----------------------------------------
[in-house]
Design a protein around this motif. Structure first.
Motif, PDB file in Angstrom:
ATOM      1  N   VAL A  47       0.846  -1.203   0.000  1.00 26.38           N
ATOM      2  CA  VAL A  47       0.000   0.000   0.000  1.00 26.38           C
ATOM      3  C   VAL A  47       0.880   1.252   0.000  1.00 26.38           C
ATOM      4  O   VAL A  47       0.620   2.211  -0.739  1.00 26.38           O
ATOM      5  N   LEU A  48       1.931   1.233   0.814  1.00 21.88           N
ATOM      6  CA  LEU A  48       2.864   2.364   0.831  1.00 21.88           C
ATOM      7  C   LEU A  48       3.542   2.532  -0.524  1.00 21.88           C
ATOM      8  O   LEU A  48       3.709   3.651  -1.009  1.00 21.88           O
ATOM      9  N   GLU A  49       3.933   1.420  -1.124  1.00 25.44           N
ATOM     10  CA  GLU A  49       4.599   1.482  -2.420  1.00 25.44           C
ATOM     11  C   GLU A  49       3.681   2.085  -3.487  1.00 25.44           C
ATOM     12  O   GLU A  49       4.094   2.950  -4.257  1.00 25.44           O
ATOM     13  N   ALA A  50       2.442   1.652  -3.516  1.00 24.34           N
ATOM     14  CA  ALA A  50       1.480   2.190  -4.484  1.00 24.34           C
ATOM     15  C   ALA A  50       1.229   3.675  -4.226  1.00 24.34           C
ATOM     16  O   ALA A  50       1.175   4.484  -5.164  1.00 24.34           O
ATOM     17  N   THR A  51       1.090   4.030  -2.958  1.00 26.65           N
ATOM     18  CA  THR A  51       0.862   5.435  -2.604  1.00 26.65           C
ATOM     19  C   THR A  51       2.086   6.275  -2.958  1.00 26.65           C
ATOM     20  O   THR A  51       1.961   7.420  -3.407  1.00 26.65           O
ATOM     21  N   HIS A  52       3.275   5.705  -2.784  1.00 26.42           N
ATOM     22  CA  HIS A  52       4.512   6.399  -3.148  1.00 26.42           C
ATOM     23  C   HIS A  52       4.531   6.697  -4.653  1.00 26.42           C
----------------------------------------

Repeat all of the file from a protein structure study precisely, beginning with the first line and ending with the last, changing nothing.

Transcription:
[in-house]
Design a protein around this motif. Structure first.
Motif, PDB file in Angstrom:
ATOM      1  N   VAL A  47       0.846  -1.203   0.000  1.00 26.38           N
ATOM      2  CA  VAL A  47       0.000   0.000   0.000  1.00 26.38           C
ATOM      3  C   VAL A  47       0.880   1.252   0.000  1.00 26.38           C
ATOM      4  O   VAL A  47       0.620   2.211  -0.739  1.00 26.38           O
ATOM      5  N   LEU A  48       1.931   1.233   0.814  1.00 21.88           N
ATOM      6  CA  LEU A  48       2.864   2.364   0.831  1.00 21.88           C
ATOM      7  C   LEU A  48       3.542   2.532  -0.524  1.00 21.88           C
ATOM      8  O   LEU A  48       3.709   3.651  -1.009  1.00 21.88           O
ATOM      9  N   GLU A  49       3.933   1.420  -1.124  1.00 25.44           N
ATOM     10  CA  GLU A  49       4.599   1.482  -2.420  1.00 25.44           C
ATOM     11  C   GLU A  49       3.681   2.085  -3.487  1.00 25.44           C
ATOM     12  O   GLU A  49       4.094   2.950  -4.257  1.00 25.44           O
ATOM     13  N   ALA A  50       2.442   1.652  -3.516  1.00 24.34           N
ATOM     14  CA  ALA A  50       1.480   2.190  -4.484  1.00 24.34           C
ATOM     15  C   ALA A  50       1.229   3.675  -4.226  1.00 24.34           C
ATOM     16  O   ALA A  50       1.175   4.484  -5.164  1.00 24.34           O
ATOM     17  N   THR A  51       1.090   4.030  -2.958  1.00 26.65           N
ATOM     18  CA  THR A  51       0.862   5.435  -2.604  1.00 26.65           C
ATOM     19  C   THR A  51       2.086   6.275  -2.958  1.00 26.65           C
ATOM     20  O   THR A  51       1.961   7.420  -3.407  1.00 26.65           O
ATOM     21  N   HIS A  52       3.275   5.705  -2.784  1.00 26.42           N
ATOM     22  CA  HIS A  52       4.512   6.399  -3.148  1.00 26.42           C
ATOM     23  C   HIS A  52       4.531   6.697  -4.653  1.00 26.42           C